2018: A good year for swimming outside
Picture credit: Katia Vastiau
In a year of difficult and divisive politics in the UK and elsewhere, of ever-mounting evidence of human-generated climate change and brutal, on-going armed conflicts in many parts of the world, outdoor swimming has provided a few rare moments of better news in 2018. For me, perhaps, the most significant of these is the growing recognition of the mental health benefits of swimming outside.
Those of us who regularly swim outside probably don’t need to be told this – we already know it from our own experience. Even those of us who are lucky enough not to have had to face mental illness know that a bracing dip in a fresh stream or a splash in the surf can significantly improve your mood. While we don’t know of any full-scale scientific studies into this subject, 2018 saw the publication in the British Medical Journal of a case report that discussed “open water swimming as a treatment for major depressive disorder*.” The case involved a 24-year old woman who had been suffering depression since she was 17 who followed a weekly programme of open water swims that led to an improvement in her mood and eventually the cessation of her medication.
The patient described her experience as follows:
“I really did struggle with depression and anxiety and have tried everything, CBT, talking, several different drugs and nothing worked or I feel numb and in a chemical fog. Although I didn’t enjoy the cold to start with, the effect it had was like a weight being lifted off my shoulders.”
This was obviously a fantastic result for the woman individually and it also had a wider impact. The story was picked up by the mainstream media, hence raising awareness of the benefits of outdoor swimming and, hopefully, encouraging many other people to give it a go. The other thing we’ve observed, which isn’t just down to outdoor swimming obviously but we think it plays a part, is a growing willingness of people to talk openly about mental health and a reduction in the stigma attached to mental illness. We’re grateful to all the people who have shared their stories of dealing with mental illness for us to publish in Outdoor Swimmer.
The year has also seen at least three very impressive swims in (or in one case around) Great Britain. Two of these made the national press. The third was a much quieter affair but, in its own way, a huge success. Firstly, I’m obviously talking about Ross Edgley’s 157 day staged swim – swimming twice a day for six hours at a time – all around the coast. Despite finishing in November, with sea temperatures barely in double digits, a large crowd of swimmers joined him in the water for the final mile. The second swim was Lewis Pugh’s “Long Swim” along the English Channel from Land’s End to Dover. As well as a crowd of swimmers to greet Lewis in Dover after his 49-day swim, environment secretary Michael Gove braved the rain (albeit with an assistant to carry his umbrella) to see Lewis finish and hear his message asking the British government to do more to protect the marine environment.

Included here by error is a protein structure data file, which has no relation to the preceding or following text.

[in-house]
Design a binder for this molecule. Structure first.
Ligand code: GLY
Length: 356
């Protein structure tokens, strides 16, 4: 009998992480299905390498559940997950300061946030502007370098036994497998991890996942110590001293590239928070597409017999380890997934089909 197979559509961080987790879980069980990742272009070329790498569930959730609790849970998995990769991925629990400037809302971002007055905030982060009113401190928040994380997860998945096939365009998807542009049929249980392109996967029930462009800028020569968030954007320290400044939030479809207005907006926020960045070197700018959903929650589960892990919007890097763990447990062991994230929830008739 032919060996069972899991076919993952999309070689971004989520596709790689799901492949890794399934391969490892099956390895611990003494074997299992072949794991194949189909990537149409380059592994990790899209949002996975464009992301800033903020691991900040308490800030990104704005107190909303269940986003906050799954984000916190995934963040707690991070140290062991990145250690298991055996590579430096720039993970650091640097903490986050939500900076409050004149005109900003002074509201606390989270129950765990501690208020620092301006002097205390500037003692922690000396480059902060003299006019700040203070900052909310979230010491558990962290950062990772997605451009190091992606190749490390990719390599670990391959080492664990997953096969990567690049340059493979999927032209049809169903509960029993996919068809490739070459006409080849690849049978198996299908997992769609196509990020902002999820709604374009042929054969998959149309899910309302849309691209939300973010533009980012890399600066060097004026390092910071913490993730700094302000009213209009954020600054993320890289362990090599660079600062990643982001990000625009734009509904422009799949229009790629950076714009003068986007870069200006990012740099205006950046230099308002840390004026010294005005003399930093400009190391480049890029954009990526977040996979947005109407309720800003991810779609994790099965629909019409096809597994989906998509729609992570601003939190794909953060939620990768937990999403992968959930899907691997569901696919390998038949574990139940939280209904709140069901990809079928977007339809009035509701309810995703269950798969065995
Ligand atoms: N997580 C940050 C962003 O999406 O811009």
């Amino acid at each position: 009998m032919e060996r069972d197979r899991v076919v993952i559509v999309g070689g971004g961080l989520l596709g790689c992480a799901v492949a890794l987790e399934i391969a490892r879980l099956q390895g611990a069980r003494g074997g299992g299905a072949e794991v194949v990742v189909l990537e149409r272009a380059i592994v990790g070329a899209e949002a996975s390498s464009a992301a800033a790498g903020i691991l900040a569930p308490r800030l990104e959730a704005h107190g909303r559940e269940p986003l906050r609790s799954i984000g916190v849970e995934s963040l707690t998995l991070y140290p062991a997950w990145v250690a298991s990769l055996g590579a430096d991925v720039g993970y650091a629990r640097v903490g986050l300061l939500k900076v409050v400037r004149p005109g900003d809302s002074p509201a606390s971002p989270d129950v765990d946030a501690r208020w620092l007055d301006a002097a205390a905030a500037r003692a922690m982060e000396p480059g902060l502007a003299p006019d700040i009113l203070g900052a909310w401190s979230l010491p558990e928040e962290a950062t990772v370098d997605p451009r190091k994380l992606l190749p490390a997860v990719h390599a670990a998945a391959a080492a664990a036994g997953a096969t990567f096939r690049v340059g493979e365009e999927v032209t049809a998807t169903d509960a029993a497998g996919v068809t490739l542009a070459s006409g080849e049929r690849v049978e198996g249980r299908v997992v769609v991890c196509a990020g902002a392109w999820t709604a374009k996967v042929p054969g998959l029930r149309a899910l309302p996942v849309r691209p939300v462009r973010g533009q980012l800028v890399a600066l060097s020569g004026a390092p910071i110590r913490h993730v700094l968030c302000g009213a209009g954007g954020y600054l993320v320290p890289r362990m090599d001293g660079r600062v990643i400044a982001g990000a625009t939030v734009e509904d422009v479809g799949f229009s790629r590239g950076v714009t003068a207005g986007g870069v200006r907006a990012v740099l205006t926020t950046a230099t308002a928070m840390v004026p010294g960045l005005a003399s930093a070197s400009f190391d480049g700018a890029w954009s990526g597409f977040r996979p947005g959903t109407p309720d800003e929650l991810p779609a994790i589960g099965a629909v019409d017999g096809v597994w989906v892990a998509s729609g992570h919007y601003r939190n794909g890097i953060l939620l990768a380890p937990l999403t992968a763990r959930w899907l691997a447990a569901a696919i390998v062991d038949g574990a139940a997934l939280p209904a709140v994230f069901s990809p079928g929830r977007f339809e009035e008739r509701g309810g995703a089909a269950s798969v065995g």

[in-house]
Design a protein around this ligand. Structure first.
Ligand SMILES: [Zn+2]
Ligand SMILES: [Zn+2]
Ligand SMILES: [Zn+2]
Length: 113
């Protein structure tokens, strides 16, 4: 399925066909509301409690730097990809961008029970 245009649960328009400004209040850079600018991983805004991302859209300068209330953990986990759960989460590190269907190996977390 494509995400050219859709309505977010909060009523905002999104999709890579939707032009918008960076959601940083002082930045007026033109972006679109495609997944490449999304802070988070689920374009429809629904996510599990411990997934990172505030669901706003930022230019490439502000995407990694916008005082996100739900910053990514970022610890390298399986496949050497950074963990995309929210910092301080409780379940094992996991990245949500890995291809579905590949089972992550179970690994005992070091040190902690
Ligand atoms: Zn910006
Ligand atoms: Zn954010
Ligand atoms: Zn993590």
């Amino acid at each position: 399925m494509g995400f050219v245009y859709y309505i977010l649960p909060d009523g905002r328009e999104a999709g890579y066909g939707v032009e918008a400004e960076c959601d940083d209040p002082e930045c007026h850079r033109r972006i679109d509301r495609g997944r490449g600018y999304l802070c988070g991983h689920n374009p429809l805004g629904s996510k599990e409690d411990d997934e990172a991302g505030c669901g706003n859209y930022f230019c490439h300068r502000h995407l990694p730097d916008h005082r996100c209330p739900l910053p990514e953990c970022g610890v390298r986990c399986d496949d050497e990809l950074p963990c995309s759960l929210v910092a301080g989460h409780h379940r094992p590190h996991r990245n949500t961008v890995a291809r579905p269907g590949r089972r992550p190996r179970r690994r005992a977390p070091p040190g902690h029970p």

The third swim that impressed me, although without the same publicity machines behind it as Ross or Lewis, was Lindsey Cole’s swim along the length of the Thames. While the Thames has been swum before (most famously by David Walliams), I’m pretty sure Lindsey is the first person to do it in November! She also swam large parts of it in a mermaid tail. Styling herself the “urban mermaid” and accompanied by a mermaid statue made of discarded plastic, Lindsey swam in water as cool as 5 degrees, sometimes wearing two wetsuits, and always wearing a wide smile. Along the way, she and her team fished out more plastic from the water and stopped at schools to talk about the importance of discarding less plastic into the environment.
Away from the UK, Cameron Bellamy completed an amazing circumnavigation of Barbados under traditional marathon swimming rules. The 96km swim took almost 41 hours of continuous swimming in, at times, very tough swimming conditions. Cameron succeeded in his second attempt having abandoned his first swim after 66km two months previously. There is now talk of him having a crack at Cuba to Florida in 2019!
On a more practical level, and perhaps more relevant for the vast majority of swimmers who are not striving to set world records, is the continued evolution of the events and swim challenge business. Event organisers are increasingly recognising that swimmers have a wide range of interests and simply swimming around buoys in lakes (like triathletes) just doesn’t do it for them. It’s great to see new formats being tried and new destinations being offered. While events selling out in minutes and the introduction of ballots for the most popular swims is frustrating for swimmers who don’t get in, it’s a reflection of a growing and healthy sport.
Looking forward to 2019, we hope to see continued growth in outdoor swimming and for it to be increasingly recognised as normal, not eccentric or extreme, to plunge into rivers, lakes, estuaries and oceans. We’d love as many people as possible to benefit from swimming therapy, whether it’s just some light relief from the every-day stresses of life or part of a life-enhancing treatment from mental illness. And don’t forget, swimming also keeps you fit and boosts your social life. What’s not to like (except for the cold, the bugs, jellyfish etc.)?
*Open water swimming as a treatment for major depressive disorder; Christoffer van Tulleken, Michael Tipton, Heather Massey, C Mark Harper